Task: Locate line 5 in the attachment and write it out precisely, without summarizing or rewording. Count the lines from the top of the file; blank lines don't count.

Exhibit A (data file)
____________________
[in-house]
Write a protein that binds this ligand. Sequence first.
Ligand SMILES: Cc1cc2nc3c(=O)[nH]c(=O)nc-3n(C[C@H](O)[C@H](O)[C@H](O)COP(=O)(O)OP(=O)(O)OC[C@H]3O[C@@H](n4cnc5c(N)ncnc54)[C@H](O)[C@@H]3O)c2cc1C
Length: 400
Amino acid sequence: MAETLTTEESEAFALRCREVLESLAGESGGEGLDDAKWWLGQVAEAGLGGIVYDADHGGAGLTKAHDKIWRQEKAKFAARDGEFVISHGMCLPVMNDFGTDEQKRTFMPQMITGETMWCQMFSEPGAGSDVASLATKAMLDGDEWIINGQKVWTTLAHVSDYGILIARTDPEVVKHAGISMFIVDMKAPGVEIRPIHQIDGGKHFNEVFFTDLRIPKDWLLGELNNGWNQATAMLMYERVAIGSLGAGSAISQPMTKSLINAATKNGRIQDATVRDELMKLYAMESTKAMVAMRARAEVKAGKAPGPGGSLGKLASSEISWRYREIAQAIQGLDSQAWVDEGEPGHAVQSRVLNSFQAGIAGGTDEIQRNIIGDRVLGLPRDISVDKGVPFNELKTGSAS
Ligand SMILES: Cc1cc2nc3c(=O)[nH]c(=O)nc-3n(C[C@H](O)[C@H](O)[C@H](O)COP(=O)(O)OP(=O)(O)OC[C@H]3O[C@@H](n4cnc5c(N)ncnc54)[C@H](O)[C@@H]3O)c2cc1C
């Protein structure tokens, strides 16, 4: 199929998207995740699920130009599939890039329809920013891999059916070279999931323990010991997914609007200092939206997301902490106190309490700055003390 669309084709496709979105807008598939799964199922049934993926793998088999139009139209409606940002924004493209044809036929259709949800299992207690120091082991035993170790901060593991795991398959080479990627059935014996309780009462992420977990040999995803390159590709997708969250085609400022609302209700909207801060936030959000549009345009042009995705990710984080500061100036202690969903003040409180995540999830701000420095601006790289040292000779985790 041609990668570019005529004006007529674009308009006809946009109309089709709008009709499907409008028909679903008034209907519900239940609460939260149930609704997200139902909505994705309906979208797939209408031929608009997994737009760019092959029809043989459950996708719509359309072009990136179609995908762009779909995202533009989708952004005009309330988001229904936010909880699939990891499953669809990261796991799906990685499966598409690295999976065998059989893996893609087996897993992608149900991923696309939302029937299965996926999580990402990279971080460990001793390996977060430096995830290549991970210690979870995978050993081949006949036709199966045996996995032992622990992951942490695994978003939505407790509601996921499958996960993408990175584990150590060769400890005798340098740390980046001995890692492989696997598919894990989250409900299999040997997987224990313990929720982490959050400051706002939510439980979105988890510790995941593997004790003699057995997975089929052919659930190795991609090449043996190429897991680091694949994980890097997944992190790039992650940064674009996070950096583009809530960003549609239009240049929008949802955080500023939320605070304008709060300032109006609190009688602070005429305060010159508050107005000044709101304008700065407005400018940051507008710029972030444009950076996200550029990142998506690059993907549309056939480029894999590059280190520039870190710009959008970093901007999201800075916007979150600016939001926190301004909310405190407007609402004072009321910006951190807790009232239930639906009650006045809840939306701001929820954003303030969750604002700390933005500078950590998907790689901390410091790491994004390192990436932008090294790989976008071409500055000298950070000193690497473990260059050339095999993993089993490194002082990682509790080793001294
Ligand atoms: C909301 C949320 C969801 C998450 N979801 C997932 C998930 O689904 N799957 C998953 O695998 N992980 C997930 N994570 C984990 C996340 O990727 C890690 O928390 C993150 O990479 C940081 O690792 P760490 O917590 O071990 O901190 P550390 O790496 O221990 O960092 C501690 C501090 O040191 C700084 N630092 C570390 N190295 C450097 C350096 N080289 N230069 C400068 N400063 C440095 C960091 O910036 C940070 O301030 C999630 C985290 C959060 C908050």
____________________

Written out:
Amino acid sequence: MAETLTTEESEAFALRCREVLESLAGESGGEGLDDAKWWLGQVAEAGLGGIVYDADHGGAGLTKAHDKIWRQEKAKFAARDGEFVISHGMCLPVMNDFGTDEQKRTFMPQMITGETMWCQMFSEPGAGSDVASLATKAMLDGDEWIINGQKVWTTLAHVSDYGILIARTDPEVVKHAGISMFIVDMKAPGVEIRPIHQIDGGKHFNEVFFTDLRIPKDWLLGELNNGWNQATAMLMYERVAIGSLGAGSAISQPMTKSLINAATKNGRIQDATVRDELMKLYAMESTKAMVAMRARAEVKAGKAPGPGGSLGKLASSEISWRYREIAQAIQGLDSQAWVDEGEPGHAVQSRVLNSFQAGIAGGTDEIQRNIIGDRVLGLPRDISVDKGVPFNELKTGSAS